Try to find out what is pleasing to the Lord. Take no part in the unfruitful works of darkness, but instead expose them. For it is shameful even to mention what such people do secretly; but everything exposed by the light becomes visible, for everything that becomes visible is light. Therefore it says, “Sleeper, awake! Rise from the dead, and Christ will shine on you.”
As I sat here this morning typing the devotional scripture out on my computer, 5006 customers lost power in Staunton, including St. John’s UMC; a particularly fitting moment for reflection on a scripture that discusses visibility, light, and darkness! Everything in my office, the hallway, and the entire church shut off except for my laptop computer (on battery power). Though light was coming in the window, the only thing illuminated within the office was God’s Word staring back at me on the screen: “everything exposed by the light becomes visible, for everything that becomes visible is light.”
Instead of staying in my office to write out some narratival reflection on light and darkness, I made my way down the halls to the other part of the building in order to check on our secretary, our teachers, and students in the Pre-School.
The 4 year-olds thought the power outage was the funniest thing in the world (thats because they think anything can become the funniest thing in the world) and I was greeted with a uproar of laughter when I opened the door to their room. Sensing that my presence was not needed, I went across the hallway to the 2 year-old room; they were having a very different experience.
The room was silent and dark with the students all huddled together with their teacher in the middle of the room. Because the blinds were drawn, a very limited amount of light was streaming through and it was clear that some of the kids were on the verge of fear. “Pastor Taylor,” one of them began, “Is there a storm outside?”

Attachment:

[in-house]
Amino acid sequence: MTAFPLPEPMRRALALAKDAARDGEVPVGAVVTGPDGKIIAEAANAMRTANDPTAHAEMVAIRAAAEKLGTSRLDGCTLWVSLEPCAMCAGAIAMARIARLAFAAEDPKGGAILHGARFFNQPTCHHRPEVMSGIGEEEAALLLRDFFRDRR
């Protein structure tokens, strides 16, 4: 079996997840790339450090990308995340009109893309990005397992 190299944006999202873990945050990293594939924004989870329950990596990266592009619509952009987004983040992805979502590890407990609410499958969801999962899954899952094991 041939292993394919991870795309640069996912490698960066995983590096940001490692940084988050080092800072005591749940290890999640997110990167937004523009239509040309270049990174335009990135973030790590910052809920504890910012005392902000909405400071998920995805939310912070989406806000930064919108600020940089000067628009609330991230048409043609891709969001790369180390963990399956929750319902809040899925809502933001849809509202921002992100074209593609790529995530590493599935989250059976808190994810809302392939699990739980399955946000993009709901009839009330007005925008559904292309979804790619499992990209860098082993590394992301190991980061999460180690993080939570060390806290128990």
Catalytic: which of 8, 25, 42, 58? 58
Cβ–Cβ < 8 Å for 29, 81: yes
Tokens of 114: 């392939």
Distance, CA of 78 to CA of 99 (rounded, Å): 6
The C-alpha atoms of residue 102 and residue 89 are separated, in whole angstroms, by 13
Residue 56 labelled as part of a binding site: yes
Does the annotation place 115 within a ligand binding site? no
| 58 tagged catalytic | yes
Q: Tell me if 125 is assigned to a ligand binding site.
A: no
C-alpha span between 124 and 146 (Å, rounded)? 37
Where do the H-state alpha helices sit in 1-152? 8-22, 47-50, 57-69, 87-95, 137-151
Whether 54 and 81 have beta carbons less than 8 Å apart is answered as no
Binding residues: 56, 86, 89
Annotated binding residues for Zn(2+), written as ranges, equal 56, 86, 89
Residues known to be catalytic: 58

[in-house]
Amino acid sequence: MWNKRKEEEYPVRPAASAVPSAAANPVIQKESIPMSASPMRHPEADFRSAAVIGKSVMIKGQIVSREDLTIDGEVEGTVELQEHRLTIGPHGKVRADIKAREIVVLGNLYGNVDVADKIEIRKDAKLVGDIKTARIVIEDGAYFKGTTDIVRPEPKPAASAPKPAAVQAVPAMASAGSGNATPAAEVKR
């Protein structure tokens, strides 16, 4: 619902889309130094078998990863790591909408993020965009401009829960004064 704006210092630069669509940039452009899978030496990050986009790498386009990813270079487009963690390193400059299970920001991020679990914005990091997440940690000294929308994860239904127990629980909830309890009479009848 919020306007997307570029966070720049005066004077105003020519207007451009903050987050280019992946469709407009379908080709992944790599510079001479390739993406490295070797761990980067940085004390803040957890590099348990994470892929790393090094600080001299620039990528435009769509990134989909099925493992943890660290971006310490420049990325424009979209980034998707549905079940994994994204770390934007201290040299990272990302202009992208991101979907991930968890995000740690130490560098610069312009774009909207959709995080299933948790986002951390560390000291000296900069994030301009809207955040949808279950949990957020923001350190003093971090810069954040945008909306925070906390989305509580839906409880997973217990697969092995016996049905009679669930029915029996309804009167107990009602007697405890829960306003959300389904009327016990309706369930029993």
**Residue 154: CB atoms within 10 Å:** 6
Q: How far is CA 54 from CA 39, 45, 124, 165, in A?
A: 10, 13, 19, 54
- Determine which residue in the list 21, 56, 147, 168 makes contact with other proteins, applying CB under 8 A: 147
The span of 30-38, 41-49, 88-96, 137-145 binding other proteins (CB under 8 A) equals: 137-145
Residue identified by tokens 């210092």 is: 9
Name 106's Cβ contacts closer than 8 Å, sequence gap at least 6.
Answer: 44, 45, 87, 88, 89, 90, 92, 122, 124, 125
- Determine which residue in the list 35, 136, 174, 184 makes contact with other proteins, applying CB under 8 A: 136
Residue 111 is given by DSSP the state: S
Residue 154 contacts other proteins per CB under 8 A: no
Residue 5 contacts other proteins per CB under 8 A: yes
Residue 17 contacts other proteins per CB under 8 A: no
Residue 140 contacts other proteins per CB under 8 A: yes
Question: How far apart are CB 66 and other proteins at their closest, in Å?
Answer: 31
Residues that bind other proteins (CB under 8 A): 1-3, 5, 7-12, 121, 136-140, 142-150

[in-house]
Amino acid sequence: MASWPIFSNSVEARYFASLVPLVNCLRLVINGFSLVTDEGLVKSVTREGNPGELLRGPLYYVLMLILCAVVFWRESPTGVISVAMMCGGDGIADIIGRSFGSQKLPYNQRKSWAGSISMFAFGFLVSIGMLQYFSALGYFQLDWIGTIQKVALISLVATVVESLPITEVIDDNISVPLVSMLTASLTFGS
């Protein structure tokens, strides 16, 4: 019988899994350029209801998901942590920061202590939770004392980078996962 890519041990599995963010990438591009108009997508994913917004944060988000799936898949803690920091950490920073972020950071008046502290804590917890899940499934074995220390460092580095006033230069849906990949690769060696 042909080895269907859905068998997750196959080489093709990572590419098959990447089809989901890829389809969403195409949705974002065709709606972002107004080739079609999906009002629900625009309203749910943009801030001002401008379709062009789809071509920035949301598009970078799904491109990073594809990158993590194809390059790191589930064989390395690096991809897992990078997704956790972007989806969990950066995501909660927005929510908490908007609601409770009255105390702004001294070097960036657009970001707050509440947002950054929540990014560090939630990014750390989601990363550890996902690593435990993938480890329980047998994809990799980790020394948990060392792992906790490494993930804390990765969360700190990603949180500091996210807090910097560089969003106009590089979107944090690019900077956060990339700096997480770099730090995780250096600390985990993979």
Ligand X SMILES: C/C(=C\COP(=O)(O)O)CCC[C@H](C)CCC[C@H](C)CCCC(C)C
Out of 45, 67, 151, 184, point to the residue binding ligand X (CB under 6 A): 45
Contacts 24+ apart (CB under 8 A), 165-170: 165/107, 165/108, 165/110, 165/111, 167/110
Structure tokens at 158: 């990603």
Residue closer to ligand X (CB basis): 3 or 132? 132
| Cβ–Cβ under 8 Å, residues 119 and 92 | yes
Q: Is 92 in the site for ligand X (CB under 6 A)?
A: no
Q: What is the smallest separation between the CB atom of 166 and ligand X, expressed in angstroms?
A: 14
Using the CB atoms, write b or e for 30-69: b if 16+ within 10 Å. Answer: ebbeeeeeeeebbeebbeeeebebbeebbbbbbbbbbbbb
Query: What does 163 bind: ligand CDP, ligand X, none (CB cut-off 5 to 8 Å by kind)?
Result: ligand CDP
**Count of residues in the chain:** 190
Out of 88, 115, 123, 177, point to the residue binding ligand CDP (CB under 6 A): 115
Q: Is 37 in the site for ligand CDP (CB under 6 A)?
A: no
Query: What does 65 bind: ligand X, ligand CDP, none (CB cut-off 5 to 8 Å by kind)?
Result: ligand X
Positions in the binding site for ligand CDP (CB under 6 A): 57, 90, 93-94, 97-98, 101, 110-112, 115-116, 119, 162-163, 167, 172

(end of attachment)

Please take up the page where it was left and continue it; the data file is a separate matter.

Darkness can be a frightening thing. Even though those students had been outside only minutes before, walking in with their parents, the darkness that entered the room brought forth a sense of fear for them. Darkness can envelop us. Darkness can pierce through the deepest core of our souls, because darkness is the unknown.
In Paul’s letter to the church in Ephesus, he cautioned the gathered body to expose the darkness, and do what is pleasing to the Lord. For you, the darkness might not be as obvious as it was to the 2 year-olds this morning, your darkness might be entirely different and difficult to discover, but the darkness is something that waits for each of us. The unknown can instill in us a sense of fear, often appearing insurmountable; the loss of a job or loved one, the inability to communicate with your children, the loss of independence as you grow older, falling short of parental expectations, etc.
But friends, Christ’s light shines in the darkness. When the power came back on in the building, the lights in the Pre-School shined brilliantly, bringing a sense of calm back to the students. In the same way, Christ’s light brings brilliance to our lives, reminding us of who we are and whose we are.
So, as you go forth into the world today, I encourage you to try and discover what is pleasing to the Lord, pray for God to deliver from any darkness in your life, and know that Christ’s light shines on, and through, you.